The Glass Ceiling in the Corporate Sphere

The Federal Glass Ceiling Commission, created out of the Civil Rights act of 1991, is one of the first notable organizations that sought to address the rampant inequalities faced by countless working women, as well as people of color, across the country. Its goal was to look into these individuals’ inability to advance in the corporate sphere, with the main approach being to determine the barriers preventing their success [1]. Through research, the commission, at the time, found that “97% of the senior managers of Fortune 1000 industrial and 500 companies are white; 95 to 97% are male. In Fortune 2000 industrial and service companies, 5% of senior managers are women—and of that 5%, virtually all are white [2]." Statistics, like this notable example, work to highlight the systemic inequality faced by women of all backgrounds, which, in effect, can make achieving prominent positions of leadership, especially senior-level management positions, a borderline impossible feat to accomplish. In order to raise awareness towards diversity creation and the destruction of the glass ceiling, for minority women especially, it is essential that U.S. companies begin to cater towards inclusion: by not doing so, businesses are working against their own financial interests, fueling the injustice against women in the workplace.

Reflecting on the initiative taken by the Federal Glass Ceiling Commission, its efforts to reveal this systemic inadequacy in corporations is further stressed when taking account of the correlation between a company’s financial success and its percentage of women and minority involvement. Relating to a study done in January of 2004 by Catalyst, 353 companies were examined in terms of the magnitude of gender diversity in senior management positions, narrowing in on each respective organization’s financial performance. Inspecting five different sectors, several of which being the financial and industrial sectors, it was found that “companies with the highest representation of women in their top management teams experienced better financial performance than companies with the lowest representation of women” [3], a discovery that works to further cement the notion that companies providing a say to their women and minority workers of color is one which, in effect, gives greater financial stability.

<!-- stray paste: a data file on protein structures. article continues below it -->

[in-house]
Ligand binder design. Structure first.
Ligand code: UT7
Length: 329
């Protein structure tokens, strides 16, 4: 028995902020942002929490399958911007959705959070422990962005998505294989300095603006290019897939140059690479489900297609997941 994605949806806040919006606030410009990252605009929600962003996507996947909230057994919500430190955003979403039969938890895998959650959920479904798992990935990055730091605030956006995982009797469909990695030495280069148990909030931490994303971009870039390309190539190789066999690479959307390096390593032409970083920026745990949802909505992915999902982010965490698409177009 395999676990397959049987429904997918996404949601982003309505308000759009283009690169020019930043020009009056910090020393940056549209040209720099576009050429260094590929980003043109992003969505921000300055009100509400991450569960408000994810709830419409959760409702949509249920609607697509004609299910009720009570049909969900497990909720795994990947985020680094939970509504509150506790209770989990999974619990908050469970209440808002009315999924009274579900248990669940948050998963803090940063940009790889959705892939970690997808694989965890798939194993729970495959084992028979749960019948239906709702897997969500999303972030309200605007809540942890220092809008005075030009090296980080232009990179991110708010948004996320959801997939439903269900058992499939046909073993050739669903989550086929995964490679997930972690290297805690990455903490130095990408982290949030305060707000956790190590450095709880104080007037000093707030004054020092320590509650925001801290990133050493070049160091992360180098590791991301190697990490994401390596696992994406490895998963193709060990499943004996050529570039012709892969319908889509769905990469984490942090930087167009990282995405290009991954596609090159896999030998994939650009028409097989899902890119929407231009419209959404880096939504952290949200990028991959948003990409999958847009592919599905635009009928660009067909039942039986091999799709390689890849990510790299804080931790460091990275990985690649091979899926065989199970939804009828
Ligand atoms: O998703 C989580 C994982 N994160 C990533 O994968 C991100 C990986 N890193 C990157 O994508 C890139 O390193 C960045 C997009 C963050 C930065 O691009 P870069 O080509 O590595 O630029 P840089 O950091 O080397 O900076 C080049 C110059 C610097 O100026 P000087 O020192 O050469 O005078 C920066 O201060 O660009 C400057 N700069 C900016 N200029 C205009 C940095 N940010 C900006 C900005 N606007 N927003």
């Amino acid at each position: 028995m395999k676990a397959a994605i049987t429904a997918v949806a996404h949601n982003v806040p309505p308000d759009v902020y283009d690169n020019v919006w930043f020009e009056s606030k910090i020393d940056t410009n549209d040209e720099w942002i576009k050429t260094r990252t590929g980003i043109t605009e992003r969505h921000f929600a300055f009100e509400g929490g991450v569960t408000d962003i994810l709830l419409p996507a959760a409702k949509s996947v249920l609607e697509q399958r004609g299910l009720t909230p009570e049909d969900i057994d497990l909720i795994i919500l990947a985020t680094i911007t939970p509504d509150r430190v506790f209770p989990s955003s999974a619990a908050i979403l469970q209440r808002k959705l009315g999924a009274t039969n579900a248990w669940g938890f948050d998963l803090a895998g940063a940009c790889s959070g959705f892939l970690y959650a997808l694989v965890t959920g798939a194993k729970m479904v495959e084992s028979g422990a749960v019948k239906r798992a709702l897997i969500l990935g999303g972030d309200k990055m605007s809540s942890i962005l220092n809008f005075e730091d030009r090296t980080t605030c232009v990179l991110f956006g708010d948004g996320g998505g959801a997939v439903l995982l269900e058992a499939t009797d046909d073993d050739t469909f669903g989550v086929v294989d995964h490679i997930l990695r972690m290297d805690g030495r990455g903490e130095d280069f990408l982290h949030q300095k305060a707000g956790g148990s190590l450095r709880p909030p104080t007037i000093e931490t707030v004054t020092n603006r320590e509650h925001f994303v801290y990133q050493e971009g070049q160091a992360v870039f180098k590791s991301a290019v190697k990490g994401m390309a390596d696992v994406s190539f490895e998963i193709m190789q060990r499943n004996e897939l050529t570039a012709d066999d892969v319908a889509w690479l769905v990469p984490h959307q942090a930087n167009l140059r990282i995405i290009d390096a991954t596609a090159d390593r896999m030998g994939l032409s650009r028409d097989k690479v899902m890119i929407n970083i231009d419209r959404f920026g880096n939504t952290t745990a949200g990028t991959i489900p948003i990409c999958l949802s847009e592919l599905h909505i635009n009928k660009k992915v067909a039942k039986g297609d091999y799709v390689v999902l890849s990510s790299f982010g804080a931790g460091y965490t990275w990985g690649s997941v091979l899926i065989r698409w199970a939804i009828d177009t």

By distancing themselves from actions that work to reinforce the glass ceiling and instead embracing successful strategies of implementation, companies can become prosperous, while also providing women with the ingredients necessary to increase their corporate influence. In order to achieve this, it is imperative that we investigate the specific circumstances that act as barriers towards women representation in businesses, as well as the corporate strategies that prove to be promising in effectively creating gender diversity. With these issues in mind, we can begin to get a picture of what must be done in the corporate world in order to put an end to the glass ceiling that still continues to be a major issue to this day.

[1] Jackson, Janet C. "Women Middle Managers' Perception of the Glass Ceiling." Women in Management Review 16, no. 1 (2001): 30.

[2]  Glass Ceiling Commission. “Good for Business: Making Full Use of the Nation’s Human Capital.” U.S. Glass Ceiling Commission.

[3] Johns, Merida L. “Breaking the Glass Ceiling: Structural, Cultural, and Organizational Barriers Preventing Women from Achieving Senior and Executive Positions.” Perspectives in health information management, vol. 10, (2013): 1e.

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